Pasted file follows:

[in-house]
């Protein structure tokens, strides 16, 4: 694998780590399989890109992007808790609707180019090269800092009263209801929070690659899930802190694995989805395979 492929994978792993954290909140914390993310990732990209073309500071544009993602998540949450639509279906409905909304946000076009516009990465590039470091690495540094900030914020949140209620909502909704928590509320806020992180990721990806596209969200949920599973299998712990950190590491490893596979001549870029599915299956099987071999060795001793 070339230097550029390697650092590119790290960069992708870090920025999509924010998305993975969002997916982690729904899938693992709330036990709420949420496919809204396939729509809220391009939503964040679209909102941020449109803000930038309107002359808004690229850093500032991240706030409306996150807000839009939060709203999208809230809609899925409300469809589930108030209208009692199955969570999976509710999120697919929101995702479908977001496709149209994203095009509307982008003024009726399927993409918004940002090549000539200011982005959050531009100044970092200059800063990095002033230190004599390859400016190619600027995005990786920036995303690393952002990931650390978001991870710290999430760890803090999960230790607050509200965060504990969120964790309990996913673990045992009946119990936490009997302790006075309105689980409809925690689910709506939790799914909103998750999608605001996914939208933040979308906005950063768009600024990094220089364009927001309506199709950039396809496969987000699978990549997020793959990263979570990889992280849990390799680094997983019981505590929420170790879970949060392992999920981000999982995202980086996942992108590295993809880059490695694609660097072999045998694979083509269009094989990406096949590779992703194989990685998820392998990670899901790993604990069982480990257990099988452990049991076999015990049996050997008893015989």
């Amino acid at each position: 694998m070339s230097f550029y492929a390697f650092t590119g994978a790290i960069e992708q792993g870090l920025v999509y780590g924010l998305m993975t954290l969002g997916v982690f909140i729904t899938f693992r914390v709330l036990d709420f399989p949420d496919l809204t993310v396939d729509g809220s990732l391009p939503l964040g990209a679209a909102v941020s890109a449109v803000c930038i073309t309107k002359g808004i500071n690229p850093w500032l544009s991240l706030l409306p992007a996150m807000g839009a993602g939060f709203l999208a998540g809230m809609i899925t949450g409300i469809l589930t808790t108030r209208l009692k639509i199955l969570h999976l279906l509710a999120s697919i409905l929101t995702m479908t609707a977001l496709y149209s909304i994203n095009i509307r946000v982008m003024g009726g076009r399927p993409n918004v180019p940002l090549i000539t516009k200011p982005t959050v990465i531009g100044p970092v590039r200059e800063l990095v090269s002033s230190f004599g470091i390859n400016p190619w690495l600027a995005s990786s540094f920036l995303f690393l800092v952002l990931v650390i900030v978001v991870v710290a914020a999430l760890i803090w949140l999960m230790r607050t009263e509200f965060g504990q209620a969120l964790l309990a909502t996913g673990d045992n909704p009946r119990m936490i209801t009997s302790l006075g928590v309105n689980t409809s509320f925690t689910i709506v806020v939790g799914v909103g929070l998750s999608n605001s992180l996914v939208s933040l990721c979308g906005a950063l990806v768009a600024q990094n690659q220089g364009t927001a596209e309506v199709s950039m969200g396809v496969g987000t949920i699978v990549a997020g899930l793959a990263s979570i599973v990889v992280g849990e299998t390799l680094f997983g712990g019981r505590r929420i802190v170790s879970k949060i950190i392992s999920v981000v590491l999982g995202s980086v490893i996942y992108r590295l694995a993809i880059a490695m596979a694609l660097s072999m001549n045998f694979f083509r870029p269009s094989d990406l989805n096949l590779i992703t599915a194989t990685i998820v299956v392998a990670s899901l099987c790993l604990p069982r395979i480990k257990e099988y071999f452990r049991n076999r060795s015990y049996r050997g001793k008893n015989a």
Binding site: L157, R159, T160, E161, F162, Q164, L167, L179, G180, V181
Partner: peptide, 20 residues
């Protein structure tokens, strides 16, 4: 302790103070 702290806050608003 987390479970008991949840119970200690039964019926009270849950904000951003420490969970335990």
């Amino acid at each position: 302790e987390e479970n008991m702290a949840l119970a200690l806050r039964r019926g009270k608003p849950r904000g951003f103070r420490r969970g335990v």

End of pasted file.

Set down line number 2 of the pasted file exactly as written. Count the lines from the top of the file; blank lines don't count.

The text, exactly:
């Protein structure tokens, strides 16, 4: 694998780590399989890109992007808790609707180019090269800092009263209801929070690659899930802190694995989805395979 492929994978792993954290909140914390993310990732990209073309500071544009993602998540949450639509279906409905909304946000076009516009990465590039470091690495540094900030914020949140209620909502909704928590509320806020992180990721990806596209969200949920599973299998712990950190590491490893596979001549870029599915299956099987071999060795001793 070339230097550029390697650092590119790290960069992708870090920025999509924010998305993975969002997916982690729904899938693992709330036990709420949420496919809204396939729509809220391009939503964040679209909102941020449109803000930038309107002359808004690229850093500032991240706030409306996150807000839009939060709203999208809230809609899925409300469809589930108030209208009692199955969570999976509710999120697919929101995702479908977001496709149209994203095009509307982008003024009726399927993409918004940002090549000539200011982005959050531009100044970092200059800063990095002033230190004599390859400016190619600027995005990786920036995303690393952002990931650390978001991870710290999430760890803090999960230790607050509200965060504990969120964790309990996913673990045992009946119990936490009997302790006075309105689980409809925690689910709506939790799914909103998750999608605001996914939208933040979308906005950063768009600024990094220089364009927001309506199709950039396809496969987000699978990549997020793959990263979570990889992280849990390799680094997983019981505590929420170790879970949060392992999920981000999982995202980086996942992108590295993809880059490695694609660097072999045998694979083509269009094989990406096949590779992703194989990685998820392998990670899901790993604990069982480990257990099988452990049991076999015990049996050997008893015989």